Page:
Frank Peretti & Ted Dekker, |
Jack and Stephanie are married, but a tragedy has shaken that marriage to its roots, leaving Jack (an author) bitter and trying to find someone to blame, and Stephanie (an up-and-coming country singer) trying to hide from the past. They get lost on the way to a marriage counseling session and, after getting directions from a sheriff, who's half bully and half Don Rickles, they end up in the middle of extremely rural Alabama with four flat tires and a non-working cellphone. They hike to the only building around, an old house called the Wayside Inn.
Upon arrival, it seems that the only people there are Randy, a blowhard, know-it-all, bully businessman, and his girlfriend, Leslie, a psychologist. Randy and Leslie had a car "accident" nearby, that was identical to Jack and Stephanie's "accident." Then, rather abruptly, the apparent innkeepers show up. Betty is not bright, rather rude and tells everyone what to do. Betty's husband, Stewart, is not bright, not very clean and mildly threatening. Their adult son, Pete, is not at all bright, very muscular and looks at Stephanie and Leslie as wife candidates for himself.
If this sounds weird, this ain't nothin" yet. A serial killer named Barsidious White locks everyone in the house, stalks around outside (wearing a trenchcoat, a big hat and a tin mask), and eventually throws a tin can down the chimney, with a message on it, stating his rules:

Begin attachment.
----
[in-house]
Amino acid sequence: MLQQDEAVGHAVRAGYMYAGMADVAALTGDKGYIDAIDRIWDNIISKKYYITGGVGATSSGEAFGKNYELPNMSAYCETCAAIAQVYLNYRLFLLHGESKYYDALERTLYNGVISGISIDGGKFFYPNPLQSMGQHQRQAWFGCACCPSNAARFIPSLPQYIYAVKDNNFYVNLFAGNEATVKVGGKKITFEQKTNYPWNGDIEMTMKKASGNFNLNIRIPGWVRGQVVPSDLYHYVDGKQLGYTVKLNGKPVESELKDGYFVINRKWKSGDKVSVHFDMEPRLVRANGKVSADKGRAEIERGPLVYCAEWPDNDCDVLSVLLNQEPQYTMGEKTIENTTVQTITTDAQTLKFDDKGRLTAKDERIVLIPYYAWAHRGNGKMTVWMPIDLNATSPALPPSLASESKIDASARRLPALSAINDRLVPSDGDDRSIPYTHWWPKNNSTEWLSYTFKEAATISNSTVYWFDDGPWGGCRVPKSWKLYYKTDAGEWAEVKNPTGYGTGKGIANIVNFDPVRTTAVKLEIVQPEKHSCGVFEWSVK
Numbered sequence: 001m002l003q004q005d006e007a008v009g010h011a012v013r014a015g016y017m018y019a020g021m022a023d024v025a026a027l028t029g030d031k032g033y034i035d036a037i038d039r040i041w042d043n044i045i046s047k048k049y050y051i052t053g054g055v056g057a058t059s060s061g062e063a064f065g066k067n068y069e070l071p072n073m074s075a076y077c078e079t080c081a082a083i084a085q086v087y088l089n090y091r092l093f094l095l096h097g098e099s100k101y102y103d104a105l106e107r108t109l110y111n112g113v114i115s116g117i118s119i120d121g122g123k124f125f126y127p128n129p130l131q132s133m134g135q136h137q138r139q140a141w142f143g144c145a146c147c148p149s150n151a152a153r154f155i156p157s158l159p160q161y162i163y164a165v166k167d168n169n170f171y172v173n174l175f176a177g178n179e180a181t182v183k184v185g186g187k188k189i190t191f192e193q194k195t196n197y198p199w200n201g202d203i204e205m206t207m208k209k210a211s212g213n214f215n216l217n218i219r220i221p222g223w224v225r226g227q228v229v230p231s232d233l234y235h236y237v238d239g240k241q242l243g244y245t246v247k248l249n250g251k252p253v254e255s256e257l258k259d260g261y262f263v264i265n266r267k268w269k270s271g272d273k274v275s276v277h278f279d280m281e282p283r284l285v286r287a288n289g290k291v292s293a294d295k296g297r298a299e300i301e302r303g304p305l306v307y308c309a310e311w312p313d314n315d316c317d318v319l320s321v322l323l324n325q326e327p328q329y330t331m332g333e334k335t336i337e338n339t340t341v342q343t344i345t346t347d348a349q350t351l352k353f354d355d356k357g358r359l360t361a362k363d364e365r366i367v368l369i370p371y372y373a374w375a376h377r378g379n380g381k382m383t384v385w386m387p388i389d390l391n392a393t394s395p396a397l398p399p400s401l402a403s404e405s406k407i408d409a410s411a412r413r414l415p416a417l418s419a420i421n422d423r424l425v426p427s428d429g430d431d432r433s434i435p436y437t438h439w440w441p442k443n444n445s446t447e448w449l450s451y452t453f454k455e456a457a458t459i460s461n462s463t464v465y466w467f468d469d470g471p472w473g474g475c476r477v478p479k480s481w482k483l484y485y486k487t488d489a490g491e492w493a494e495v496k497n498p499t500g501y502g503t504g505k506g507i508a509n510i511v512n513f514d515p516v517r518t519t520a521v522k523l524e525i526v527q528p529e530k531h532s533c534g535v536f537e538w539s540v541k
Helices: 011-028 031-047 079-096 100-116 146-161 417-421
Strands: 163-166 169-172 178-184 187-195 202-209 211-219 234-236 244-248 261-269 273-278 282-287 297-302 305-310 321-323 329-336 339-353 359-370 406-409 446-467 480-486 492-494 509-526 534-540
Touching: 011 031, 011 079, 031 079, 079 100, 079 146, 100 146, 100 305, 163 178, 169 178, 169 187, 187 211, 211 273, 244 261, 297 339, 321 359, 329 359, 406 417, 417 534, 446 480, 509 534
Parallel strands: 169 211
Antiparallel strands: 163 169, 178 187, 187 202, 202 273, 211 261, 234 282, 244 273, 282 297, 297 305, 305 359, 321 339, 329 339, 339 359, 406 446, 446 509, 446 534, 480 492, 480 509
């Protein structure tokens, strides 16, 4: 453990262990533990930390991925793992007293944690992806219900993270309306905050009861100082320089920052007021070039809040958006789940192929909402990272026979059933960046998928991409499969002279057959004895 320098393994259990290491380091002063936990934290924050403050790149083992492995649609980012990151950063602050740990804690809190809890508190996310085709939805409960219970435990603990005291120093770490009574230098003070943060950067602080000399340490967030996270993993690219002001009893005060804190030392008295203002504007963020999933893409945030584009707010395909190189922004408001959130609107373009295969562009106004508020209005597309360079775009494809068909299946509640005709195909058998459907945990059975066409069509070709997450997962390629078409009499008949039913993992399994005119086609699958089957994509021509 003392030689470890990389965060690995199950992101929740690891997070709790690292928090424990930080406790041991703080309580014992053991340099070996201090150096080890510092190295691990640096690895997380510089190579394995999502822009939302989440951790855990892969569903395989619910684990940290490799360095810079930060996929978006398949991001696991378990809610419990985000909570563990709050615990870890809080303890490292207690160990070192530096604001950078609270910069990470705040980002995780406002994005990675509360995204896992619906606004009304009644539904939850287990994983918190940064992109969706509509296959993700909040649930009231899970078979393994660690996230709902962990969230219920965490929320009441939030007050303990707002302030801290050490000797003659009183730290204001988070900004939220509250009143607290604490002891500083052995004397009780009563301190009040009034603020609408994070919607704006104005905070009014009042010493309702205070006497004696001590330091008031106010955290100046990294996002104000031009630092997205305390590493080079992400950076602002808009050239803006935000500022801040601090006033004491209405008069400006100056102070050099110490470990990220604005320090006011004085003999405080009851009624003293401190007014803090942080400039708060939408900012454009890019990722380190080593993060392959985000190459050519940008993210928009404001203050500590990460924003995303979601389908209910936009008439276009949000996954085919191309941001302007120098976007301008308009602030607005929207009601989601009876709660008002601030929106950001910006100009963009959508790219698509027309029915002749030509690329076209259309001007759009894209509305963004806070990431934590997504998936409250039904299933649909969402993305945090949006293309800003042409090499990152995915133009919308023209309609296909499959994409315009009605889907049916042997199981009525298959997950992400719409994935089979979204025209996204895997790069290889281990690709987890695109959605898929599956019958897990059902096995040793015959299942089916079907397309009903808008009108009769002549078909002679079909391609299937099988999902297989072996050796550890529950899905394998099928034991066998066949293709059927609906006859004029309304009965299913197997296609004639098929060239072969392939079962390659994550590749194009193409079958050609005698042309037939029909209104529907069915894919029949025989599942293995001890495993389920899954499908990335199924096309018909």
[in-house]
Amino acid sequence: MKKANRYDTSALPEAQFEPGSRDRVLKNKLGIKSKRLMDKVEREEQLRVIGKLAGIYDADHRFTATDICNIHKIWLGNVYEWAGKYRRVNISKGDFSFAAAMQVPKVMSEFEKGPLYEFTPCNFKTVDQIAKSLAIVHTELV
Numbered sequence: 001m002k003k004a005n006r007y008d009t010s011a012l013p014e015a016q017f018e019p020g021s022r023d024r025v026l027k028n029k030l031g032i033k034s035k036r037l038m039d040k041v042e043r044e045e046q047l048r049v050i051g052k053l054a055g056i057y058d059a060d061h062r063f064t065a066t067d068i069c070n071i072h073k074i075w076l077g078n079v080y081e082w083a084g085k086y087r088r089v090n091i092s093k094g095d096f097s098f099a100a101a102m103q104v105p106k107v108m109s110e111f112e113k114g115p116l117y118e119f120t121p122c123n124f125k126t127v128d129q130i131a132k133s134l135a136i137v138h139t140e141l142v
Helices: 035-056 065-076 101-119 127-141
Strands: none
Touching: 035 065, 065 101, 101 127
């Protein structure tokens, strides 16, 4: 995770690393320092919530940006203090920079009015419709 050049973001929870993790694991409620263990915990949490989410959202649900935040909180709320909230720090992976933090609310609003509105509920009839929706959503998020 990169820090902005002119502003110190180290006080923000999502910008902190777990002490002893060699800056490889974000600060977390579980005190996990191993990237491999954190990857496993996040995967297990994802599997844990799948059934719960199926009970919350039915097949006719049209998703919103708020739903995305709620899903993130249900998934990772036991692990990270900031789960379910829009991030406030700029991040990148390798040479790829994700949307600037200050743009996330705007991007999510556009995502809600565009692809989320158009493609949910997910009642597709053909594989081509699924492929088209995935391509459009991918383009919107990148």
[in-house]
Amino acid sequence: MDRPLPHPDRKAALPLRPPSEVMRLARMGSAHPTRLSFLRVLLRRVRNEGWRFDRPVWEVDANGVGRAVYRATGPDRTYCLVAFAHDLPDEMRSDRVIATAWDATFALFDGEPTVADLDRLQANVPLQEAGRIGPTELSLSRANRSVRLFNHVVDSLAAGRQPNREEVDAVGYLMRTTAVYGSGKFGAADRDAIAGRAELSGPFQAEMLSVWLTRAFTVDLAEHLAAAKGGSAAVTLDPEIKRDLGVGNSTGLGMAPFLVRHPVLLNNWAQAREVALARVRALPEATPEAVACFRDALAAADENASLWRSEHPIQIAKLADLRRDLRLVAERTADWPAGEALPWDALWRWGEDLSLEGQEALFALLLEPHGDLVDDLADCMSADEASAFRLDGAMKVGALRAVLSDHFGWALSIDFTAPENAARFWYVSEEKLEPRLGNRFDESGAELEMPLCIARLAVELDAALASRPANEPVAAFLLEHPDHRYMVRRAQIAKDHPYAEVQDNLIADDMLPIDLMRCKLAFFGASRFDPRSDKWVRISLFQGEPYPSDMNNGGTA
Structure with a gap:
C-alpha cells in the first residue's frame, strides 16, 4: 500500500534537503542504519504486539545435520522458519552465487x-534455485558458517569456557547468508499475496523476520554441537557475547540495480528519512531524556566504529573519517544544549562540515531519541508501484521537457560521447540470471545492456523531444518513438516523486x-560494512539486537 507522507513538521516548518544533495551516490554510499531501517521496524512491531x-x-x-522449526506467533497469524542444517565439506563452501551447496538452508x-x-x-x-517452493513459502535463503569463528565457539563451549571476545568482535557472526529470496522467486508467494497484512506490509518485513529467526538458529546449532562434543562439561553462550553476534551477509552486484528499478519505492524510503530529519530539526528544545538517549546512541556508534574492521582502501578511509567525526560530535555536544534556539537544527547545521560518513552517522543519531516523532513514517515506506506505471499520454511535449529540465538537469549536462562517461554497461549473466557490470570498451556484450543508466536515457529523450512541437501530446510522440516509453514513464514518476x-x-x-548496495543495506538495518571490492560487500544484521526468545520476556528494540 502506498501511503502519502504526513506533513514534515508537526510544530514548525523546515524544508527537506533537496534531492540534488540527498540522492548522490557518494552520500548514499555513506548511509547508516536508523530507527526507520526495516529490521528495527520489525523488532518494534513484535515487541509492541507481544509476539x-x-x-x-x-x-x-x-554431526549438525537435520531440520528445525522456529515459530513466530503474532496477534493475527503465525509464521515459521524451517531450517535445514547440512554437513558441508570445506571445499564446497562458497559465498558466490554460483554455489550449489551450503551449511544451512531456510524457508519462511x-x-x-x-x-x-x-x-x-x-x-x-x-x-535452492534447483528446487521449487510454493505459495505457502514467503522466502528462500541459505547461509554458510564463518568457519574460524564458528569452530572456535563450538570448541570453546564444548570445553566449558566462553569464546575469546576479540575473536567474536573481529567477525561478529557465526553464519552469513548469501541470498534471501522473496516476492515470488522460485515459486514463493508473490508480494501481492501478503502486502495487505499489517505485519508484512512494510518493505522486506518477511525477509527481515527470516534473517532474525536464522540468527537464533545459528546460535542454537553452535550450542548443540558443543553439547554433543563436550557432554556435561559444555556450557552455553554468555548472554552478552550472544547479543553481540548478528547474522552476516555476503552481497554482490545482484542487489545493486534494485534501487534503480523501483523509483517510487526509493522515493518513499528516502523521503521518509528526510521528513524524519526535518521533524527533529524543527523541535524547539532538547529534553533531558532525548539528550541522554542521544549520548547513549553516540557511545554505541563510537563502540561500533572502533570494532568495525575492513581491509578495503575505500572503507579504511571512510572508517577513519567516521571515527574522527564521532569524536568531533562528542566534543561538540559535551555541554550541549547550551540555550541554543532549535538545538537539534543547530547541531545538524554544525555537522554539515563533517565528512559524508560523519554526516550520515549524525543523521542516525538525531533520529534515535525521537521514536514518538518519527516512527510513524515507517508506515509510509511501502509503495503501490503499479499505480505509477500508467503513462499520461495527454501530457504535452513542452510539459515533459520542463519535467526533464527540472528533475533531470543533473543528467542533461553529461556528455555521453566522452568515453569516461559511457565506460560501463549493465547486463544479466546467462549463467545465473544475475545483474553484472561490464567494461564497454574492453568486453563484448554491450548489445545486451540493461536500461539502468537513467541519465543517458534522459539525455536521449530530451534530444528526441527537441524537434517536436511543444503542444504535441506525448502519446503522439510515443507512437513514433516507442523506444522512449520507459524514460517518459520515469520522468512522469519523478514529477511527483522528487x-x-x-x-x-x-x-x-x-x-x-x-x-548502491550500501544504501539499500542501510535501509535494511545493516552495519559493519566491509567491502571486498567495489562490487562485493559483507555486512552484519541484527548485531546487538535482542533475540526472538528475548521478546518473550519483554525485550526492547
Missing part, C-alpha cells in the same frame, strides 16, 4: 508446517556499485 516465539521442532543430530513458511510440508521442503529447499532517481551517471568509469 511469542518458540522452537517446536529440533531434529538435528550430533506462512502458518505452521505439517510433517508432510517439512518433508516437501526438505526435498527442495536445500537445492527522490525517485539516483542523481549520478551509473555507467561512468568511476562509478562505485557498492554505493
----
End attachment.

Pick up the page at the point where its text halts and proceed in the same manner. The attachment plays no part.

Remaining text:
1) God came to my house and I killed him.
Then, it gets a lot more weird. As Jack, Stephanie, Randy and Leslie try to figure out how to escape, while brooding on whether to accept White's last rule, Betty and Stewart get more aggressive and Pete goes wife-hunting.
Then, it gets a lot more weird. They all go into the basement, which is much bigger than the house, and there's something wrong with the mirrors and the doors down there. Susan, a little girl, shows up and claims to know how to help them escape.
Then, it gets a lot more weird. Jack, Stephanie, Randy and Leslie run into ... well, I don't want to spoil the whole story. Suffice it to say that the story gets stranger and stranger. The characters, and readers, keep thinking they've just about figured out what's going on, and then we all find out that it's bigger and stranger yet. Many things are not what they appear to be, and new layers of the story keep emerging.
While I am not a horror aficianado, I have read a fair amount of horror stories. Among those, the only ones that come to this level are Stephen King's Desperation, Thomas Tryon's The Other and Silence of the Lambs by Thomas Harris, and this might be a bit better than those three. The writing of the Frank Peretti/Ted Dekker team is excellent. I can imagine those two sitting in a dark, fire-lit room, having a great time figuring out how to make a truly scary story. They succeeded.
P.S.: There is an advertisement at the end of the book, announcing that House will be coming to theaters in 2007. If cast well, and done faithfully, this will be truly scary. Where can I buy tickets?
by Chris McCallister